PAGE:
Furthermore, marketers have worried that they wouldn’t be able to deliver their ads to people based on certain online activities such as site visits. This meant ads would likely have smaller audience sizes and less accurate reporting. It would also seriously affect retargeting.
The release of iOS 15
Less than half a year after the release of iOS 14.5, Apple released iOS 15, which included further features related to users’ privacy such as Mail Privacy Protection. This feature stops email senders from knowing if an email has been opened and hides the recipient’s IP address, essentially removing tracking pixels in emails and severely impacting open rates.
For users who opt to protect their mail activity, Apple will automatically load images and CSS, so it will appear as if the user has opened every third-party email they receive. This means that open rates are likely to be massively inflated, which will mean that other metrics such as click-through rates and conversions will become even more important for email marketers.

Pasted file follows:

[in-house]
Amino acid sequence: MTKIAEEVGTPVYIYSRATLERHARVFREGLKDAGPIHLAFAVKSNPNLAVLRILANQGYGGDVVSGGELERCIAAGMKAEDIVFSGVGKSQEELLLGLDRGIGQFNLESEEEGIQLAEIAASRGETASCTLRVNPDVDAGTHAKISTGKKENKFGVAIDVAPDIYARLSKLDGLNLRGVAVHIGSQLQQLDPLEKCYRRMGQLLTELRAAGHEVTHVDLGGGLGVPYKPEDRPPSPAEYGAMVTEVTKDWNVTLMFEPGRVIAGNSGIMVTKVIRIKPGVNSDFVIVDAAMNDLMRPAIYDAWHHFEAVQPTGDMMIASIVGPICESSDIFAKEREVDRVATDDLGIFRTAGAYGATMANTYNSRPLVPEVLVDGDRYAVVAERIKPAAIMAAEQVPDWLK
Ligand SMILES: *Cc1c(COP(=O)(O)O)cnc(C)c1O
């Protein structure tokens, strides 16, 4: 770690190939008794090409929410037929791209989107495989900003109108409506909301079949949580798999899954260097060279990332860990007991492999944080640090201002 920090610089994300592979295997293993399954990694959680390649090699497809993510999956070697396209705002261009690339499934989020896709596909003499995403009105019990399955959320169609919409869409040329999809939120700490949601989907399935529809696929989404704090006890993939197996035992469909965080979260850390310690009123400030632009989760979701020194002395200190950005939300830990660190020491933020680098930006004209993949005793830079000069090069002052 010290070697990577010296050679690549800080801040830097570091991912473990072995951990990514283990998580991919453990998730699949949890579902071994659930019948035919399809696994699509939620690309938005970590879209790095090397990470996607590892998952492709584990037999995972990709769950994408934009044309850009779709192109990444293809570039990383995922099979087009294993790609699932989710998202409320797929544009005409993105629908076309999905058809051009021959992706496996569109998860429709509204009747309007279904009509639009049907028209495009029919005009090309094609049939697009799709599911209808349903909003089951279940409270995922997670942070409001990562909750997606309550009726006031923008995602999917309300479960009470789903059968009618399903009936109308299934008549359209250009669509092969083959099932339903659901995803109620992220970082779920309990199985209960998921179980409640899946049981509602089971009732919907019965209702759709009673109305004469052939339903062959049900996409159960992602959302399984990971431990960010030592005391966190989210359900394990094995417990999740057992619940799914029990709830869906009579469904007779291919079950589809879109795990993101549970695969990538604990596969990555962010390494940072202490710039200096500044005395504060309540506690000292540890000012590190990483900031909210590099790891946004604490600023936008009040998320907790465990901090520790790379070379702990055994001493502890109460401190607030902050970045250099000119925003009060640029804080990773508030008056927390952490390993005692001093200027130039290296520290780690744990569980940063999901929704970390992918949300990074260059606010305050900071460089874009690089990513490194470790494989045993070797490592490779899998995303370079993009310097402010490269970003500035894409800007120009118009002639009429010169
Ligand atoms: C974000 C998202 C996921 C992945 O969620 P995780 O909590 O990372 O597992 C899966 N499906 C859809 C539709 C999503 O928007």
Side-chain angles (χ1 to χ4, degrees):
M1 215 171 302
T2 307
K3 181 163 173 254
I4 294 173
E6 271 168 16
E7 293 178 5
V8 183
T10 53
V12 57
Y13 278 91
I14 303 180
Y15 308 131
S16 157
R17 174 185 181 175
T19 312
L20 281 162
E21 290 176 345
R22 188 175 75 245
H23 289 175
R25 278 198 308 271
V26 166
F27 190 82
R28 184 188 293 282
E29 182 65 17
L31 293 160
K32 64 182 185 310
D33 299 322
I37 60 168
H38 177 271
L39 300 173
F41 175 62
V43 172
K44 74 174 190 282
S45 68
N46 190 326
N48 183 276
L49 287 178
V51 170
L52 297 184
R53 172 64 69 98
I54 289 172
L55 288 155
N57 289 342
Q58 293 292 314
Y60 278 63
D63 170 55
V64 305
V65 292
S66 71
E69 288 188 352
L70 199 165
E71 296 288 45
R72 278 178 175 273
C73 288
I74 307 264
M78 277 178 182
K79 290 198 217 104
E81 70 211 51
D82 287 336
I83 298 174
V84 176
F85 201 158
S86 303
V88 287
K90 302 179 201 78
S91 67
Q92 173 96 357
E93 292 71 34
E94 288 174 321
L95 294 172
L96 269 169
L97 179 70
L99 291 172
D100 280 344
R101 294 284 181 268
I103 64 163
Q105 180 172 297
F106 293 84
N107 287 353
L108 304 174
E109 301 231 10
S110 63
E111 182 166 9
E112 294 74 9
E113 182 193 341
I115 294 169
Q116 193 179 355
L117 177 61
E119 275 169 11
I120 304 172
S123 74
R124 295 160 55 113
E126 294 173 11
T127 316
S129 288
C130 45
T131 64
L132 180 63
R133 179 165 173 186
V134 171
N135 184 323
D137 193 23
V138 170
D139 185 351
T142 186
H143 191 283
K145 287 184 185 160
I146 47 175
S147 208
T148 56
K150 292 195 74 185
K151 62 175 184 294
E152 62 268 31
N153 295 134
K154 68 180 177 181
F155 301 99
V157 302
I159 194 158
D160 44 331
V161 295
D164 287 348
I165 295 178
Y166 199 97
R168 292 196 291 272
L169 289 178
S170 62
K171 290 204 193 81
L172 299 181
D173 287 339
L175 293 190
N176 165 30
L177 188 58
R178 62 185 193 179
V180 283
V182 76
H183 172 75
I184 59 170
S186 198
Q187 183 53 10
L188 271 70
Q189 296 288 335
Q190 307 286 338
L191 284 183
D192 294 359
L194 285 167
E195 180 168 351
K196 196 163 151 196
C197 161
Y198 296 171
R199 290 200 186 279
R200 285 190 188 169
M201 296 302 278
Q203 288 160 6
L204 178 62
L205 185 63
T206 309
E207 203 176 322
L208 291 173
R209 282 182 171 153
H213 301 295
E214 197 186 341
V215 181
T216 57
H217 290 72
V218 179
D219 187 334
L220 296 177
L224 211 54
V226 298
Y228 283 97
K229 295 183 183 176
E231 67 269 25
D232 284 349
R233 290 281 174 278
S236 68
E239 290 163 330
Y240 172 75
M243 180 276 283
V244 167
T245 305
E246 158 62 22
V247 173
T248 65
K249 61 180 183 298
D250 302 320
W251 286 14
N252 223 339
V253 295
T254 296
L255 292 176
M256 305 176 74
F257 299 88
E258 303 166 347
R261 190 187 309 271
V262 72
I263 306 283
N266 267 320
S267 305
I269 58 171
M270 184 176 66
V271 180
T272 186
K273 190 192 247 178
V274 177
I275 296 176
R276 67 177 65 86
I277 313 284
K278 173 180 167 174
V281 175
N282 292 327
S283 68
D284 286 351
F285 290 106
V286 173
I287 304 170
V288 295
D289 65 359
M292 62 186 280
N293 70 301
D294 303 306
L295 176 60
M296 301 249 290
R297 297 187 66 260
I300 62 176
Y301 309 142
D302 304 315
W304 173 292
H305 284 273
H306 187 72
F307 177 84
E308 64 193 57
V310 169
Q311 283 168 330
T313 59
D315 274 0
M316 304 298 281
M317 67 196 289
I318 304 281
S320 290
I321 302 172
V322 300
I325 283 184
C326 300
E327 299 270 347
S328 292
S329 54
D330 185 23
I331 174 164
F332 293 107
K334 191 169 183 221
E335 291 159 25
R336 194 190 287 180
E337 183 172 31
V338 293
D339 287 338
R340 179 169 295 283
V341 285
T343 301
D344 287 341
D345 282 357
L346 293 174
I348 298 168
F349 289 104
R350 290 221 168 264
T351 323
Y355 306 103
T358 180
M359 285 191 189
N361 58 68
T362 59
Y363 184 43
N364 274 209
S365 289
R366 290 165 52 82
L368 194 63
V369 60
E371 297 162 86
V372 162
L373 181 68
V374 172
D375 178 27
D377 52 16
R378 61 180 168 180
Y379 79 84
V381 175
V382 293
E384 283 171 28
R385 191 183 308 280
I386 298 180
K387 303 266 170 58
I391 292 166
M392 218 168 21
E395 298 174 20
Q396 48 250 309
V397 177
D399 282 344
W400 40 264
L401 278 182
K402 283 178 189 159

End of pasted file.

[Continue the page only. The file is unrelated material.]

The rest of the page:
While the changes brought by iOS 14.5 are significant, it is important to remember that they only extend to iOS users. According to Global Stats, iOS had a global market share of 29.49% in January 2022. Platforms like Android and most web browsers still allow tracking, but Apple’s move could spark broader changes in future.
As a matter of fact, in February 2022 Google announced a multi-year initiative to build Privacy Sandbox, which will overhaul ad tracking on Android phones. Although it is still unclear as to the exact form this will take, the company said the solutions will limit sharing of user data with third parties and operate without cross-app identifiers.